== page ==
FOR THE PAST 22 years, Pierre Savard has, off and on, been searching for the Higgs boson particle. On the morning of July 4—shortly before physicists at CERN (the European Organization for Nuclear Research) were scheduled to present their historic findings—Savard, associate professor of experimental particle physics at the University of Toronto, awoke just outside Geneva, where CERN’s sprawling complex is nestled amidst lush vineyards, with the imposing peaks of Mont Blanc as backdrop.
AS A MIDFIELDER on the Canadian women’s Olympic soccer team, Desiree Scott ranges some 11 km during a game, sometimes at a lope, often with explosive sprints and violent course changes. She can run, but she can’t hide. For games and practices in recent months, Scott and every member of the team have been fitted with global positioning system (GPS) units and heart monitors allowing coach John Herdman to measure their speed, field sense, efficiency and fitness levels.By KEN MACQUEEN
MONTREALERS CAN BE forgiven for having been a tad restive during the sweltering first days of summer. There were the nightly student protests against Quebec Premier Jean Charest’s government and clashes with police. About a month ago, a six-metre-deep sinkhole opened up on Sherbrooke Street just hours after tens of thousands of protesters had walked past.By MARTIN PATRIQUIN
DAN ARIELY, 45, is a professor of psychology and behavioural economics at Duke University in Raleigh, N.C., and the author of two engaging bestsellers, Predictably Irrational (2008) and The Upside ofIrrationality (2010). In his cheekily named Center of Advanced Hindsight, Ariely has lately been concocting simple math tests that pay subjects for correct answers and which, at times, also allow various ways to cheat.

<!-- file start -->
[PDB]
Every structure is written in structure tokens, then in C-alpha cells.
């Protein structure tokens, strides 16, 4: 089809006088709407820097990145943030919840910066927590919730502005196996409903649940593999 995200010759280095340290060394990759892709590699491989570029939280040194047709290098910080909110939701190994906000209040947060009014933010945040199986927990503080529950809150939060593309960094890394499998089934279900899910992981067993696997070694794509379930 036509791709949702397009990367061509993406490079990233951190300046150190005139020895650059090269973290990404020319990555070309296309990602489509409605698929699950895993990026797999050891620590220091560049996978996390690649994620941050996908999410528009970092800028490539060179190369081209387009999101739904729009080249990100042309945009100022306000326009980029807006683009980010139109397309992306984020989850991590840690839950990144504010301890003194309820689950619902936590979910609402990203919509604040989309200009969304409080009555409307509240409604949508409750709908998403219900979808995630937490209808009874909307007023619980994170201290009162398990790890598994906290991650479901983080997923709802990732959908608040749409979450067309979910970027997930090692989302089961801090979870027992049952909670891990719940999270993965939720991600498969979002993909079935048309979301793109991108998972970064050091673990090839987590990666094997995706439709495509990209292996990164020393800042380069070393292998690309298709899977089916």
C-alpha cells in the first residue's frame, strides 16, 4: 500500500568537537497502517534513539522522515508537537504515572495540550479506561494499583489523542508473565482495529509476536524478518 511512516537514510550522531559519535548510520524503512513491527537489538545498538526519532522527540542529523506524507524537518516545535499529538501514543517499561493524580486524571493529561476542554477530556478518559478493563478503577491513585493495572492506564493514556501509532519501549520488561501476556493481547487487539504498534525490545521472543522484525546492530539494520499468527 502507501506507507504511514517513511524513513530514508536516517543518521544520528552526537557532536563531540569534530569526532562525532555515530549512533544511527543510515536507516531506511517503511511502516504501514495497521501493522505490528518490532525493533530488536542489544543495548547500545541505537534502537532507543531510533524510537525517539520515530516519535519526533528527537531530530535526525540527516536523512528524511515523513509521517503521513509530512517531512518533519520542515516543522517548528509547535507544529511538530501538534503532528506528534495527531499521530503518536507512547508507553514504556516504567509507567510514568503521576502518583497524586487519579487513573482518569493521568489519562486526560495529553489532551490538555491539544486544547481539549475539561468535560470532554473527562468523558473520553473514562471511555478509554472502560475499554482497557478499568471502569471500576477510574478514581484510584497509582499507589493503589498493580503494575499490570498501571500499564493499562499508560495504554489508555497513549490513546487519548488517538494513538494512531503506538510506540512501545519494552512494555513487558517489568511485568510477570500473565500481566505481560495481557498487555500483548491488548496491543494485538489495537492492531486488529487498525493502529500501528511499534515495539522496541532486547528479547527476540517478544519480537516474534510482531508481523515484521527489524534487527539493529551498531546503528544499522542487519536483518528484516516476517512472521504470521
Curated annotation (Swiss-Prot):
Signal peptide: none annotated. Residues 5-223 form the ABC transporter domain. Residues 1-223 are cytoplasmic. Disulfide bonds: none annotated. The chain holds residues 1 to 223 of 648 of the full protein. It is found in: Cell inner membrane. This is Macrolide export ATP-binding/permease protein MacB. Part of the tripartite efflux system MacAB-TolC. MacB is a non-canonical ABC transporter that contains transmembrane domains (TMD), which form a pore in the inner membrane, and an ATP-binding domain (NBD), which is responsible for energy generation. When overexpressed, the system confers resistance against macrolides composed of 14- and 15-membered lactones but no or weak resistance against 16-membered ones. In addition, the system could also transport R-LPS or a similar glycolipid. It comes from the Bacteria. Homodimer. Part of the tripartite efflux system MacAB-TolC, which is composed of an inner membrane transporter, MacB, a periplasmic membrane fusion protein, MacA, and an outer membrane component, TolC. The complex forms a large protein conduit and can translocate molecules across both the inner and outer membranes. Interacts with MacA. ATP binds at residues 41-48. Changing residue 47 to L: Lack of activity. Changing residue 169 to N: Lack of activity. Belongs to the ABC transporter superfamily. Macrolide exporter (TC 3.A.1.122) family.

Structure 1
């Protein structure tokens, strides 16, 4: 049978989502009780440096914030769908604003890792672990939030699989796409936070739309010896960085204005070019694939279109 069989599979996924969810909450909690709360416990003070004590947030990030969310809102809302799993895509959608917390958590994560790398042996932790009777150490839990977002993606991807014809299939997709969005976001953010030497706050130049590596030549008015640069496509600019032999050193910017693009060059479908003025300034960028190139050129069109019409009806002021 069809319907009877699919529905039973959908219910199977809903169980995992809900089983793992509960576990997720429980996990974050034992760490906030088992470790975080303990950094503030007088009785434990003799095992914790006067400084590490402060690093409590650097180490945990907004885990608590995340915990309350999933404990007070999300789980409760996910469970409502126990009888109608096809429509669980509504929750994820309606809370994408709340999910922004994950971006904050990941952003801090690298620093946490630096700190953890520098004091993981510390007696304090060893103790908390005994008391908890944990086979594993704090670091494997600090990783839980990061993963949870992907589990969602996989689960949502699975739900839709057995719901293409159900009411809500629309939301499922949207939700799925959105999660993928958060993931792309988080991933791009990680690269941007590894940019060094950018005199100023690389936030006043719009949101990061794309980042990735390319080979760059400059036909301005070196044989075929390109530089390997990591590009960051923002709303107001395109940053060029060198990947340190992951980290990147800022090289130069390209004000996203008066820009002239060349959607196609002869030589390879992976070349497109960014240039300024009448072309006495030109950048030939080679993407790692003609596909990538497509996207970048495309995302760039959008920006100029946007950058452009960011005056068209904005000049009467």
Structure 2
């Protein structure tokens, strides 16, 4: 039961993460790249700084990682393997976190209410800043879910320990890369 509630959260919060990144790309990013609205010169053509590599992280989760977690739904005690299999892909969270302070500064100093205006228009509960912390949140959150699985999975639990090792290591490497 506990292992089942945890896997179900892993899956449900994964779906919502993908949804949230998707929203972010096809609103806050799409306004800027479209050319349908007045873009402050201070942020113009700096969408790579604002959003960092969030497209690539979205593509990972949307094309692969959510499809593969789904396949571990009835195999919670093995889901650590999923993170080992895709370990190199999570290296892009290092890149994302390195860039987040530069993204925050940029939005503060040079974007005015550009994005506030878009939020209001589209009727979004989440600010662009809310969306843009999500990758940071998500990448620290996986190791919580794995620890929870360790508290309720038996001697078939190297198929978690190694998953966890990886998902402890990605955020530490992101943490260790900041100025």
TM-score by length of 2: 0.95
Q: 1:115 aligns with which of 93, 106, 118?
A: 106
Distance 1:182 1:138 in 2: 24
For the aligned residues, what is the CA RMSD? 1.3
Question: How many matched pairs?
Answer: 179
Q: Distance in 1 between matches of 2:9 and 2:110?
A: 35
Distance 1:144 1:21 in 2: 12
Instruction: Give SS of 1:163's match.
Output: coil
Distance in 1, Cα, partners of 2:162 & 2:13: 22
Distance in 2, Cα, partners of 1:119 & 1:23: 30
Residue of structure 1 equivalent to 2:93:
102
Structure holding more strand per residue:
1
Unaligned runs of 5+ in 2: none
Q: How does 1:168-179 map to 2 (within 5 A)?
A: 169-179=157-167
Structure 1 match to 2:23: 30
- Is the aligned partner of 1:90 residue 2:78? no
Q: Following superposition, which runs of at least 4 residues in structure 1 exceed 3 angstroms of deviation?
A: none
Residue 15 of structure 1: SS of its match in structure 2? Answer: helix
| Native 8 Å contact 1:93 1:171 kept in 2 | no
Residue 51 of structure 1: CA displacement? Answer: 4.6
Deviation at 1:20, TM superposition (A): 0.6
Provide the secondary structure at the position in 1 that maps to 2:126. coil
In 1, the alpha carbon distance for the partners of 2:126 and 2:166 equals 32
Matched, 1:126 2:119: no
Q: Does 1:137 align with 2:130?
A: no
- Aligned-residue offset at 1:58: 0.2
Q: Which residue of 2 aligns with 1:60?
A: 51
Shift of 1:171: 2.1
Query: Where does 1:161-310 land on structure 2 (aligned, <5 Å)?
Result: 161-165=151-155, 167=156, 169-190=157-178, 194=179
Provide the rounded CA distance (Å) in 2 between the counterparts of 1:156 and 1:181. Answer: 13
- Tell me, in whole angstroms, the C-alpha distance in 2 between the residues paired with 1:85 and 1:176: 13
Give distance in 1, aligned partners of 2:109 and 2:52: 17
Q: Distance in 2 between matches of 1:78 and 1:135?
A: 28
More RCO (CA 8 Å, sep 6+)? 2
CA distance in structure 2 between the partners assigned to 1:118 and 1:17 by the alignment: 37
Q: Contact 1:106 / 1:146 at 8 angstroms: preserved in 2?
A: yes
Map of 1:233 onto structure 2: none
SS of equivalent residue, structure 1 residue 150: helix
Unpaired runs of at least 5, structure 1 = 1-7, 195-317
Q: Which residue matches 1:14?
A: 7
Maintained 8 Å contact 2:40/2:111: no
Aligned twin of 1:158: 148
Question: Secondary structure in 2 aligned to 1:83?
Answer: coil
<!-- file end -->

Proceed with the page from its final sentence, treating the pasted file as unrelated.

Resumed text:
IN THE EARLY 198Os, just as AIDS was emerging along with the surgical precautions that came with it, Dr. Wayne Gregory was a resident at Sunnybrook Hospital in Toronto. Back then, he says, “We were the only trauma centre in Toronto.” So he learned the art of medicine on gunshot victims and patients severely injured in car crashes.By JULIA BELLUZ
WITH DISPLAYS FILLED with duck confit, wild boar and dry-aged beef, Olliffe is one of Toronto’s most drool-worthy butcher shops. The head butcher is usually behind the counter, fearlessly sharpening knives without looking and effortlessly trimming perfectly symmetrical steaks.By SCAACHI KOUL
BRITAIN’S HEART HAS never really been in its marriage to the European Union. Public buildings in small towns don’t fly the European Union flag alongside the Union Jack. Prime Minister David Cameron doesn’t often flank himself with the banner at press conferences.By MICHAEL PETROU
AS LONG AS there have been banks, there have been banking scandals. The treasurers of Athena burned the Acropolis in an attempted cover-up after secretly lending money to speculative bankers. Wall Street’s first banking scandal—a familiar tale of banks lending too heavily to property speculators who lost it all when the real estate bubble burst—happened in 1837.By TAMSIN MCMAHON
The Toronto Raptors tried to present Steve Nash with an offer he couldn’t refuse: something like $36 million over three years to return to his home and native land as a beloved and patriotic hero. They even recruited Wayne Gretzky to help make the pitch.By AARON WHERRY
IN THE TWO weeks between the first round of France’s presidential election and the runoff on May 6, Marc Lortie had a small but important assignment. Stephen Harper told Lortie, a career diplomat who served a brief stint in the 1980s as a press secretary to Brian Mulroney and is now Canada’s ambassador to France, to get a hold of François Hollande’s portable telephone number.
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